Photo
blackpicture:

Gordon Parks Somerville. Maine (1944)

blackpicture:

Gordon Parks
Somerville. Maine (1944)

(via iamapatientboy)

Photoset

hypotheses:

Robert Crumb’s "Heroes Of The Blues" trading cards

(Source: glitteringgoldie, via iamapatientboy)

Photoset

dynamicafrica:

A Brief History and Introduction to Kangas.

Worn mostly by women in the East Africa - mostly Tanzania (including Zanzibar) and Kenya, these large rectangular colourfully-designed cloths, called kangas, are a staple garment for many, mostly in the rural parts of these areas, but are also worn usually by older women in more urban areas.

Having their origins in the 19th century when Swahili-speaking women living along the cost, intrigued by the cotton shawls worn by the Portuguese who controlled the Zanzibar coastline, started buying them in bundles of six and stitched them together in two lengths of three and made them into dresses, kangas have developed into a highly important social aspect of life for many in this part of East Africa.

In the early 20th century, the most noted features of kangas were added when a trader in Mombasa named Kaderdina ‘Abdulla’ Hajee Essak started accenting his kanga cloths with proverbs. Nowadays, most kangas are embedded with a message - often in Swahili - of some sort ranging from political to personal.

Most recently, labels like the London-based British-Tanzanian fashion line Chichia London have begun incorporating kangas in their designs, creating western-inspired garments with a heavy East African touch.

(source)

Twitter | Facebook | Pinterest | Google+ | Soundcloud | Mixcloud | Instagram | Newsletter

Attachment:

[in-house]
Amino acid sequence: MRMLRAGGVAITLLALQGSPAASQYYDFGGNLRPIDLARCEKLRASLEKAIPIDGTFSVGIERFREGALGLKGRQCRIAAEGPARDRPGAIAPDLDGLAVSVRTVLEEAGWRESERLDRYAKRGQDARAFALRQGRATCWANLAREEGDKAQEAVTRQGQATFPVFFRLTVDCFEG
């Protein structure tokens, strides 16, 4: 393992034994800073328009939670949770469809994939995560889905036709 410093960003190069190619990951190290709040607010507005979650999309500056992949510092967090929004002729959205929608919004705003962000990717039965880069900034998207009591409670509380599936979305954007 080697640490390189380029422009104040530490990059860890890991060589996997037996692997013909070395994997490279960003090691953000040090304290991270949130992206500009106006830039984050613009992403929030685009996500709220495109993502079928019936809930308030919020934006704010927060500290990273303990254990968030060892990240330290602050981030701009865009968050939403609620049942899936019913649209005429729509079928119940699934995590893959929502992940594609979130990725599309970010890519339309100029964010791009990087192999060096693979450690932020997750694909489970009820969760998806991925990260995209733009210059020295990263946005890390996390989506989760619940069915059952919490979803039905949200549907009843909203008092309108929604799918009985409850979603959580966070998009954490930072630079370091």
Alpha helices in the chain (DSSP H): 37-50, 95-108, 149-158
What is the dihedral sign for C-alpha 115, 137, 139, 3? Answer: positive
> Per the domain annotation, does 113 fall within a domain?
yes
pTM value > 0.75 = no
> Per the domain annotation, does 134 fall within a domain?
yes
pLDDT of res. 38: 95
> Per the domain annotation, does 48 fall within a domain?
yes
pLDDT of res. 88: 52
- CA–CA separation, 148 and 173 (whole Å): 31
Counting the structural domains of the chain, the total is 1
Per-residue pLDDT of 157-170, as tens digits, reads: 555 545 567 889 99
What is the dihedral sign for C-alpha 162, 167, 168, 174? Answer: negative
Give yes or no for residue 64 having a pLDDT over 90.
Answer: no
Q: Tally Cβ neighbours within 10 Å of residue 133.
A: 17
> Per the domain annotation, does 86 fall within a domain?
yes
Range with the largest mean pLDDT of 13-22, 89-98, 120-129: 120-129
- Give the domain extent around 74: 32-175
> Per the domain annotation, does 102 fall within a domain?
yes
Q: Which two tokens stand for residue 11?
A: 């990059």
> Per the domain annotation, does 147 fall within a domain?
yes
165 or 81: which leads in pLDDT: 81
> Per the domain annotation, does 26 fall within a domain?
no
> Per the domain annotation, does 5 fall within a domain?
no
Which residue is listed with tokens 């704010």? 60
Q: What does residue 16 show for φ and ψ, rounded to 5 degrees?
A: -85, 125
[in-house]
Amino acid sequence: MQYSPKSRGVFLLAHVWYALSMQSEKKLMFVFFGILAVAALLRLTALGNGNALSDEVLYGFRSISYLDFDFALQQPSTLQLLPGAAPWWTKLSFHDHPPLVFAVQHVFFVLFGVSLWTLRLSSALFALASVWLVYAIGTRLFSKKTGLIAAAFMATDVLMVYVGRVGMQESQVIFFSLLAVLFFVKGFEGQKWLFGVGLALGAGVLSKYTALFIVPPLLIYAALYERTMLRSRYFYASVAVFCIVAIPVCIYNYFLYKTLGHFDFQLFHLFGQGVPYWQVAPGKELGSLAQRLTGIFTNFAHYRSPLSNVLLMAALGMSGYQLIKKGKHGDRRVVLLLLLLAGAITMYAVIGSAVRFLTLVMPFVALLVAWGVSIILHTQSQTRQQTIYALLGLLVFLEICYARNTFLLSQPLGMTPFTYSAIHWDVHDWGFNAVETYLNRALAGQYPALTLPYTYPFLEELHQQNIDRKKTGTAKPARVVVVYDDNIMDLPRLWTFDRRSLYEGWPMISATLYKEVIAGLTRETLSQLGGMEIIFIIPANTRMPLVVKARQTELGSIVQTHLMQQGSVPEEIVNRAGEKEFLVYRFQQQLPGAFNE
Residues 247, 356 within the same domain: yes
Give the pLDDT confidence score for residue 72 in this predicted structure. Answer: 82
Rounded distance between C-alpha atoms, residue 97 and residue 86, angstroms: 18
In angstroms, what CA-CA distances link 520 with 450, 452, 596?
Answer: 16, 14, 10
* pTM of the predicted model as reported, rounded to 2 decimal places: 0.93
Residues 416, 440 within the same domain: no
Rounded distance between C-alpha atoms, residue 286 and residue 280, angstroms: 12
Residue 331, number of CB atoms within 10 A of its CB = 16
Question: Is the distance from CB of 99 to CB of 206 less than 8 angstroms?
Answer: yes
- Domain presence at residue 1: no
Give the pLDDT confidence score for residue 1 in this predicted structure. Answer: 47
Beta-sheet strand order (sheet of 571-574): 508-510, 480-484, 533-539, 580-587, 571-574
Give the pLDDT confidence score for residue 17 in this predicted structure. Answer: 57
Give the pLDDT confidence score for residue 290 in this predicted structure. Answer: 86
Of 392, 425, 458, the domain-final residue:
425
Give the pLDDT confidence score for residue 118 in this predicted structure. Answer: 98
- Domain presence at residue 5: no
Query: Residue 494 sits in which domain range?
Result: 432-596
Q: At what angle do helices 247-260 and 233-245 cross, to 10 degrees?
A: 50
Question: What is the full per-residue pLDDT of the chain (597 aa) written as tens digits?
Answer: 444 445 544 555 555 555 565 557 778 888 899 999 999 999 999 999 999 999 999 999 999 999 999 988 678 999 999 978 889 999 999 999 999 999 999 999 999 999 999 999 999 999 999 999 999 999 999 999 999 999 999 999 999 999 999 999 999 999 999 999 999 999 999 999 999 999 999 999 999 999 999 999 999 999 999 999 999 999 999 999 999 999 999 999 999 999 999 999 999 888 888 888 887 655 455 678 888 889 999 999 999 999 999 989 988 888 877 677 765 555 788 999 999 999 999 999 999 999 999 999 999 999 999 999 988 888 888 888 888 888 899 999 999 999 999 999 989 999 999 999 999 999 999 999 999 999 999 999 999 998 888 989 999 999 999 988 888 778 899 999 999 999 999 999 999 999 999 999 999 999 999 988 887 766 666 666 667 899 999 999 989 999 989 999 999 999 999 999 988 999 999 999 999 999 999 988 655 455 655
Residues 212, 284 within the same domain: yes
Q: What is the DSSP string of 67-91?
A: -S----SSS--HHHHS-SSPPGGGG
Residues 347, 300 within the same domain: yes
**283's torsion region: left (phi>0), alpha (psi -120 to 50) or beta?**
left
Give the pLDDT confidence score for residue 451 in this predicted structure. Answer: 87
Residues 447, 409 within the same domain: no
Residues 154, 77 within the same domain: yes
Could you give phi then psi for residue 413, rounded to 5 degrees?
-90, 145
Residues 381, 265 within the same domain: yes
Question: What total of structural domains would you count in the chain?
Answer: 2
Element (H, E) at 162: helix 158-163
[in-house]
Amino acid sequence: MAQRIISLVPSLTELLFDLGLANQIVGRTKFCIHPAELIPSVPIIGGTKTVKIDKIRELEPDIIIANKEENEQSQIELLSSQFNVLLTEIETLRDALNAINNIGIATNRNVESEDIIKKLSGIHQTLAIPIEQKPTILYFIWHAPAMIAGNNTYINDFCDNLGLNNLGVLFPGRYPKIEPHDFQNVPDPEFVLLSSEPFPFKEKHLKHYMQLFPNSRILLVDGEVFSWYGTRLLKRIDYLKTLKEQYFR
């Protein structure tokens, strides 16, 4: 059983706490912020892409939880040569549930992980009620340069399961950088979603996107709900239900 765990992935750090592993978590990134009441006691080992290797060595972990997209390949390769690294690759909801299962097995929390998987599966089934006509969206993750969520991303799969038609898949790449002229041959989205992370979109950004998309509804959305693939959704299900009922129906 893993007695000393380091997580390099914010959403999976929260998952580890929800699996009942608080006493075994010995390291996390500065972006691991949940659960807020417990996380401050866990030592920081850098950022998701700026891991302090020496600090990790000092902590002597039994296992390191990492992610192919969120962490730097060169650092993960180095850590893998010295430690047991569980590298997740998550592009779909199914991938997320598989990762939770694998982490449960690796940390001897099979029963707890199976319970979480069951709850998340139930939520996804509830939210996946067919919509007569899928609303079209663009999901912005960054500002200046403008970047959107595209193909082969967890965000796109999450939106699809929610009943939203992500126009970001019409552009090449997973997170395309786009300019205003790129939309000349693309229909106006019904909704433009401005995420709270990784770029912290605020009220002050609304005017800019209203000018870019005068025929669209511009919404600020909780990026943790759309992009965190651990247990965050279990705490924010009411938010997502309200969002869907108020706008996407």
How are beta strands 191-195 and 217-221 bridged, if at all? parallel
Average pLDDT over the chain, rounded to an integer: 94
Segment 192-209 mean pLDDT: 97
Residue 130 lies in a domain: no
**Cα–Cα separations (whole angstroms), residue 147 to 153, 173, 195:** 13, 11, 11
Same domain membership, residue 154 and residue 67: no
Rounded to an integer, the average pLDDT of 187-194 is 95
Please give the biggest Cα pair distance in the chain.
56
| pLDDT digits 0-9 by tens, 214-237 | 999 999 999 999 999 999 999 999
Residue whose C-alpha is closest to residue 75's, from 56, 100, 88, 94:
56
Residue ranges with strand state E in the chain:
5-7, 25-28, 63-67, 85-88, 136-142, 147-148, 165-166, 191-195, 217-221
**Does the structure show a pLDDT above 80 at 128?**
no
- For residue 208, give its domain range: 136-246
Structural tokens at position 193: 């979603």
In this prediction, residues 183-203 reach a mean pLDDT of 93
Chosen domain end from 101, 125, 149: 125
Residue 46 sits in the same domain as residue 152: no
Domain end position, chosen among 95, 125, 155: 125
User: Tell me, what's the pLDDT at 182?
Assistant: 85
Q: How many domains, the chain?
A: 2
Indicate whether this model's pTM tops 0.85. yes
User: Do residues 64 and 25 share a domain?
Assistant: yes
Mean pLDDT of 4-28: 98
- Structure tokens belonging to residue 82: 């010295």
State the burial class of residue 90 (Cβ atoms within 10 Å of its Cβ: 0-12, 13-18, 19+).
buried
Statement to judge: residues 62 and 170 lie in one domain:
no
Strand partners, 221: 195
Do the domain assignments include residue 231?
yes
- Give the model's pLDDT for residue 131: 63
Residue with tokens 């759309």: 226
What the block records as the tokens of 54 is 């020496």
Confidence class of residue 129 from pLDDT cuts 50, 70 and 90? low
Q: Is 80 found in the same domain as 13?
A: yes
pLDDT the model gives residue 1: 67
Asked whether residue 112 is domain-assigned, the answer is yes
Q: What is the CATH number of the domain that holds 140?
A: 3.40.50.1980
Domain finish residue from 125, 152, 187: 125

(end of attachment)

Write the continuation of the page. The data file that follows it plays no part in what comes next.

All Africa, All the time.

Photoset

dynamicafrica:

ICONIC WOMEN: The Mino of Dahomey or the Dahomey ‘Amazon’ Warriors/Dahomey Amazons.

From the late 17th century until the end of the 19th century, the Kingdom of Dahomey in the what is today the West African nation of Benin (sandwiched between Nigeria on the east and Togo to their west) an incredible regiment made up of only women, from within the Fon community, challenged and refuted gender norms by occupying spaces usually reserved for men. 

This all-women Fon army was originally established by Dahomian king King Houegbadja, the third king of Dahomeny, who ruled from 1645 to 1685, with the intention of having these women serve as elephant hunters known as ‘gbeto’. Later, during Houegbadja’s son King Agadja reign during the early 1700s he developed the gbeto into an established bodyguard and warrior unit who became known as the Mino meaning ‘our mothers’ in Fon - a name given to them by the men’s army of Dahomey. During this time, the Mino gained one of their first major successes in being part of the Dahomey army that defeated the neighbouring kingdom of Savi in 1727. Their incorporation into the army was done to increase the size of the Dahomey military, thus appearing larger and more intimidating to their opponents.

In King Ghezo’s time, between 1818 to 1858, great emphasis was put on Dahomey’s army and military units, perhaps due to the growing threat of the Transatlantic Slave Trade and the threat that neighbouring ethnic groups may have posed as a result of it. As a result, King Ghezo poured much of his resources into developing the Dahomian army, including the Mino, increasing their budget, formalizing their structure and training, and arming them with guns obtained from the Dutch through trade.

It is said that by the mid-19th century there were between 1,000-6,000 women in the Mino unit which comprised of both free Dahomian women and women who may have been taken as captives during war. Women in the Mino, sometimes referred to as ahosi (the king’s wives) were not permitted to marry or have children as the were considered wives of the king. This allowed the women to obtain positions of great power and influence as they were highly revered in Dahomian within the army - especially for their braver, and within society as well.